I was happy, so happy before! But I am happier and richer now—My love—no words could serve here, but there is life before us, and to the end of it the vibration now struck will extend– I will live and die with your beautiful ring, your beloved hair—comforting me, blessing me.
Let me write to-morrow—when I think on all you have been and are to me, on the wonder of it and the deliciousness, it makes the paper words that come seem vainer than ever– To-morrow I will write.
May God bless you, my own, my precious,—
I am all your own RB
I have thought again, and believe it will be best to select the finger you intended .. as the alteration will be simpler, I find,—and one is less liable to observation and comment.
Was not that Mr Kenyon last evening? And did he ask, or hear, or say anything?"
Despite Miss Barrett's best efforts to keep Browning and Kenyon apart in her presence there was an apparent close encounter.
No Mr Kenyon after all—not yesterday, not today,—& the knock at the door belonged perhaps to the post, which brought me a kind letter from Mrs Jameson to ask how I was & if she might come—but she wont come on saturday .. I shall ‘provide’:—she may as well (& better) come on a free day. On the other side, are you sure that Mr Procter may not stretch out his hand & sieze on saturday, (he was to dine with you, you said) or that some new engagement may not start up suddenly in the midst of it.? I trust to you, in such a case, to alter our arrangement, without a second thought. Monday stands close by, remember, & there’s a saturday to follow monday .. and I should understand at a word, or apart from a word."
She is so accommodating to him, not wanting him to be bothered to come and see her if he has the slightest bother, oblivious to the fact that he would throw all other arrangements aside to be with her. Perhaps this is part of her general disbelief in her own worth.
"Just as you understand how to ‘take me with guile,’ when you tell me that anything in me can have any part in making you happy .. you, who can say such words & call them ‘vain’ words!– Ah, well! If I only knew certainly, .. more certainly than the thing may be known by either me or you, .. that nothing in me could have any part in making you unhappy, .. ah, would it not be enough .. that knowledge .. to content me, to overjoy me? but that lies too high & out of reach, you see, & one cant hope to get at it except by the ladder Jacob saw, & which an archangel helped to hide away behind the gate of Heaven afterwards."
Such a morbid girl.
"Wednesday/ In the meantime I had a letter from you yesterday & am promised another today– How … I was going to say 'kind' & pull down the thunders .. how unkind .. will that do? .. how good you are to me!—how dear you must be! Dear—dearest—if I feel that you love me, can I help it if, without any other sort of certain knowledge, the world grows lighter round me? being but a mortal woman, can I help it? no—certainly–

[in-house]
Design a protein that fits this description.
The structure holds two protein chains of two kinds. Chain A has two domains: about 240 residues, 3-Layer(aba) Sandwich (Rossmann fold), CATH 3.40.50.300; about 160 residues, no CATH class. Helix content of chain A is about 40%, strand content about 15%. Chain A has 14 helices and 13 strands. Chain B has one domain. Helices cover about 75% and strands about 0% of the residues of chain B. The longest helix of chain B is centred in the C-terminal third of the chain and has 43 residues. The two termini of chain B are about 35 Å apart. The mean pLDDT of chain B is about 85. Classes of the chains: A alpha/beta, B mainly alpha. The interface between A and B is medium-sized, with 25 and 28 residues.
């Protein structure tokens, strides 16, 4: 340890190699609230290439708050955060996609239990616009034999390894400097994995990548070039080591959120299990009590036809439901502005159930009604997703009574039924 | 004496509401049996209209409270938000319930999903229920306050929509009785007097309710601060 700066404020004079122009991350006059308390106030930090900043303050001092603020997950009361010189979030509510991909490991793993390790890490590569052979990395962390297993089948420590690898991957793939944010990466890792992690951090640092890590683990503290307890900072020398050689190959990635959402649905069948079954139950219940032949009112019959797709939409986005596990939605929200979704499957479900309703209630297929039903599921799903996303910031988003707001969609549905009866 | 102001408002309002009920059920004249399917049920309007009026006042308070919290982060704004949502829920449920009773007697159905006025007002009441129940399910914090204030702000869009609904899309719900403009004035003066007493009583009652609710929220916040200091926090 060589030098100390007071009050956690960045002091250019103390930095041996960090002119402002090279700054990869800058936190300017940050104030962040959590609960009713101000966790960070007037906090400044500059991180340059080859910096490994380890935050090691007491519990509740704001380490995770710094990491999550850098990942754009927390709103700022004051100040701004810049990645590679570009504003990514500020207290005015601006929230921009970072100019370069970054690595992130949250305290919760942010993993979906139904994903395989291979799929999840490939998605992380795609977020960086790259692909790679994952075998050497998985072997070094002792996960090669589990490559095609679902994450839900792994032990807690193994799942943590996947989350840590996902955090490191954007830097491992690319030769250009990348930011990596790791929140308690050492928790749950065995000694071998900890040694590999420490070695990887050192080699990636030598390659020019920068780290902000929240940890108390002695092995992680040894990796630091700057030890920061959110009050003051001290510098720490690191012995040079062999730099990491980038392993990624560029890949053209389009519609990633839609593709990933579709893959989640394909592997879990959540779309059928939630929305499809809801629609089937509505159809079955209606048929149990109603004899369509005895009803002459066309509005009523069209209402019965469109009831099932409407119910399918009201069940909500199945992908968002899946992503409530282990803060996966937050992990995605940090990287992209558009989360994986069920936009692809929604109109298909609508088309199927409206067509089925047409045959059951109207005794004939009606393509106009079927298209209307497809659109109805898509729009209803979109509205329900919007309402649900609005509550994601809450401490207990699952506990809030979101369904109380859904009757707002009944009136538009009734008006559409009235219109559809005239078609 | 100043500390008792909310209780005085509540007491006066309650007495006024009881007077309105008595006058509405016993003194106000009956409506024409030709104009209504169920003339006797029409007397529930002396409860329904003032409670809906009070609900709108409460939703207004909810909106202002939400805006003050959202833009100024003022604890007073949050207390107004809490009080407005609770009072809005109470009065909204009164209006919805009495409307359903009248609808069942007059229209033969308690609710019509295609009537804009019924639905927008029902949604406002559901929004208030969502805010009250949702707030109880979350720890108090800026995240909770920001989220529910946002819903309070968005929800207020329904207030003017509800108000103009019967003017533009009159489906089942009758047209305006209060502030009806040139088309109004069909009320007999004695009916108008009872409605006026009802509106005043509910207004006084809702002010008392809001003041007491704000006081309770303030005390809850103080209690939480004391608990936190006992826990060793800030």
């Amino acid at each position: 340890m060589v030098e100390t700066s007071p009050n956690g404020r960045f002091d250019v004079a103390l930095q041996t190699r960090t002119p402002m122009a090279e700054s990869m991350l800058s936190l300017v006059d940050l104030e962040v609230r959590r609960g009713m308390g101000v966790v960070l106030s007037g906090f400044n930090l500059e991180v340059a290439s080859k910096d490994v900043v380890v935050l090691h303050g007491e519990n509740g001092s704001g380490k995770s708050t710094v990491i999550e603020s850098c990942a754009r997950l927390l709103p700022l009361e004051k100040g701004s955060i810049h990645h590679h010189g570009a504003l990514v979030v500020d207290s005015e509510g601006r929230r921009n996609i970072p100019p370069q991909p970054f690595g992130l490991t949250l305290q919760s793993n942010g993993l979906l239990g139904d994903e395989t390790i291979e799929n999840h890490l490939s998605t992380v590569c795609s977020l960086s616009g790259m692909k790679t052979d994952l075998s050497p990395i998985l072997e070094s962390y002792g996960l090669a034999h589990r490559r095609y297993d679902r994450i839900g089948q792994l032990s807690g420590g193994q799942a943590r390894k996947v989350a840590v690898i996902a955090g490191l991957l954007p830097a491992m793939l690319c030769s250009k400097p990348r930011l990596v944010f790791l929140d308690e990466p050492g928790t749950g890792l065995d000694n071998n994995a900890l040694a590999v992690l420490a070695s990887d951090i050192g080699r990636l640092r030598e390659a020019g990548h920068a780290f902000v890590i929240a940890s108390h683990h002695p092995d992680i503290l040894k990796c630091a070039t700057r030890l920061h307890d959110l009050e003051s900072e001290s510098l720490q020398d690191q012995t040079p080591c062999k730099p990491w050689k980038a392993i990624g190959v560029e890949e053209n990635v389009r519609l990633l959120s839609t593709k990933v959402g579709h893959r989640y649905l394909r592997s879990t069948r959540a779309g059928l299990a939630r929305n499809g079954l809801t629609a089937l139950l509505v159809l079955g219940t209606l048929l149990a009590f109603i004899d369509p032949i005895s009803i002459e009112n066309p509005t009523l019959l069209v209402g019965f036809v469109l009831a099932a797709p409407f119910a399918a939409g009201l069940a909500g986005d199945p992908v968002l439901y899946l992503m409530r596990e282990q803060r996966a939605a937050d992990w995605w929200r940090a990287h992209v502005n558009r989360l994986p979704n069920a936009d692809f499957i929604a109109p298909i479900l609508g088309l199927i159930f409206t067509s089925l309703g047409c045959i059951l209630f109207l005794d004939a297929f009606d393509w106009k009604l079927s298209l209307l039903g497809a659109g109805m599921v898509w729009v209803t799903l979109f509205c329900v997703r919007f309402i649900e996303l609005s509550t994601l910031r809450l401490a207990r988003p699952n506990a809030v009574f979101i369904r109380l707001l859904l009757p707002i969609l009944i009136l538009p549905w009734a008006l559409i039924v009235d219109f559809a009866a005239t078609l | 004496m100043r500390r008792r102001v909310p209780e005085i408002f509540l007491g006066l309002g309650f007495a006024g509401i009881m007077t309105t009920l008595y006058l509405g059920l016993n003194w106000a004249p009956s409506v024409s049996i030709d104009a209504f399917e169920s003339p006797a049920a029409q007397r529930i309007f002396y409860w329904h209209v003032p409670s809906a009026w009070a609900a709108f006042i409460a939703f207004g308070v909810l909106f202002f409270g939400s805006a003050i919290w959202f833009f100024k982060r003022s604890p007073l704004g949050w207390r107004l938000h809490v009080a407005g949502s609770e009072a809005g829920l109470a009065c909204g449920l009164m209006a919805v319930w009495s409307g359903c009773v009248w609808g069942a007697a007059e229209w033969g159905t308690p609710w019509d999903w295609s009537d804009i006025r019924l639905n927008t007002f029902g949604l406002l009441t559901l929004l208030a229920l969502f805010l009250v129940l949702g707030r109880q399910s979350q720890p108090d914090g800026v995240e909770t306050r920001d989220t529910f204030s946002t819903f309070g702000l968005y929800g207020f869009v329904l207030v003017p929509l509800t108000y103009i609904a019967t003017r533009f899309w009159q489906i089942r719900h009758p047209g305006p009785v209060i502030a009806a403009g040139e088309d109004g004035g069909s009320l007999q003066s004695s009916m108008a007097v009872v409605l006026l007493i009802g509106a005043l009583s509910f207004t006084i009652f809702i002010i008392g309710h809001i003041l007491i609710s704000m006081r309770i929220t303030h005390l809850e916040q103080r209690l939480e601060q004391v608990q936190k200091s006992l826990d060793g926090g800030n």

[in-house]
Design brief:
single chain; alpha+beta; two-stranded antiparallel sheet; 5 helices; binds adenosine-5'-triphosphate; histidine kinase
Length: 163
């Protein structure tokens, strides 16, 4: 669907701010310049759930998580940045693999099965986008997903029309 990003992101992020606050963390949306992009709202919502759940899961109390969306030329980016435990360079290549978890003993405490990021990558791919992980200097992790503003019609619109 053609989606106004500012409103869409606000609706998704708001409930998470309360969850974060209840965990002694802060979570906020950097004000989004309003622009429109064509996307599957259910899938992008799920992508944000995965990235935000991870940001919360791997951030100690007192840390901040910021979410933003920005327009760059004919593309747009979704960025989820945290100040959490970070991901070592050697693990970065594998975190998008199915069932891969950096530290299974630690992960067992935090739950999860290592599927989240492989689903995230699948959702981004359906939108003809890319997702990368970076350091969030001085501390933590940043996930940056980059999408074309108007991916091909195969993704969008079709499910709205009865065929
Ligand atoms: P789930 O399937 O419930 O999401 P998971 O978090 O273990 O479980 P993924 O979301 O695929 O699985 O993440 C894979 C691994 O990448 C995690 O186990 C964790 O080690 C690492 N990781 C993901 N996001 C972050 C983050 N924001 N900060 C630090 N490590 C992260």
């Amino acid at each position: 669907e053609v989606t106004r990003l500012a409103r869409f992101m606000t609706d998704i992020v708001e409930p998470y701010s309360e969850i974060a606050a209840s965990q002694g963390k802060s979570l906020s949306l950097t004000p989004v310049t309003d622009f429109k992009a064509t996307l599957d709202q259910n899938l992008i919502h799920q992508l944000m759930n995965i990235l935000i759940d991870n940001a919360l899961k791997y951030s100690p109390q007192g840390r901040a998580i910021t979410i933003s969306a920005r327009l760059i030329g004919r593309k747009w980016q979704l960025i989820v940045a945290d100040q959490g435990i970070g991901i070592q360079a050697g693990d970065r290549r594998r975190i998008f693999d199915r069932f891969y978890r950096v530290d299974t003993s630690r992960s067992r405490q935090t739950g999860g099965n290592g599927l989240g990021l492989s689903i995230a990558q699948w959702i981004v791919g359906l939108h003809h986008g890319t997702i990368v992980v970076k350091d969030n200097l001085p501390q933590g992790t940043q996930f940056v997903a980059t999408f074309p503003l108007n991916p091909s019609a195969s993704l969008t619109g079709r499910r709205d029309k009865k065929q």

I comfort myself by thinking sometimes that I can at least understand you, .. comprehend you in what you are & in what you possess & combine,—& that, if doing this better than others who are better otherwise than I, I am, so far, worthier of the... … I mean that to understand you is something, & that I account it something in my own favour––mine.
Yet when you tell me that I ought to know some things, tho’ untold, you are wrong, & speak what is impossible. My imagination sits by the roadside απεδιλος[unsandaled]like the startled sea nymph in Æschylus, but never dares to put one unsandalled foot, unbidden, on a certain tract of ground—never takes a step there unled! or never (I write the simple truth) even as the alternative of the probability of your ceasing to care for me, have I touched (untold) on the possibility of your caring more for me .. never! That you should continue to care, was the utmost of what I saw in that direction. So, when you spoke of a 'strengthened feeling,' judge how I listened with my heart—judge!
She is in awe of his love for her. She is trying to justify herself to this love. There is no justification for love. She has not come to grasp this yet. Perhaps she never will. So she turns back to the one thing she is sure of: poetry.
"Luria is very great. You will avenge him with the sympathies of the world,—that, I forsee. And for the rest, it is a magnanimity which grows & grows, & which will, of a worldly necessity, fall by its own weight at last, nothing less being possible. The scene with Tiburzio & the end of the act with its great effects, are more pathetic than professed pathos– When I come to criticize, it will be chiefly on what I take to be a little occasional flatness in the versification, which you may remove if you please, by knotting up a few lines here & there. But I shall write more of Luria,—& will remember in the meanwhile, that you wanted smoothness, you said.
May God bless you. I shall have the letter tonight, I think gladly—yes,—I thought of the greater safety from ‘comment’—it is best in every way.
I lean on you & trust to you, & am always, as to one who is all to me,
A sweet letter today from our perplexed Miss Barrett; she just can't quite grasp what is happening to her.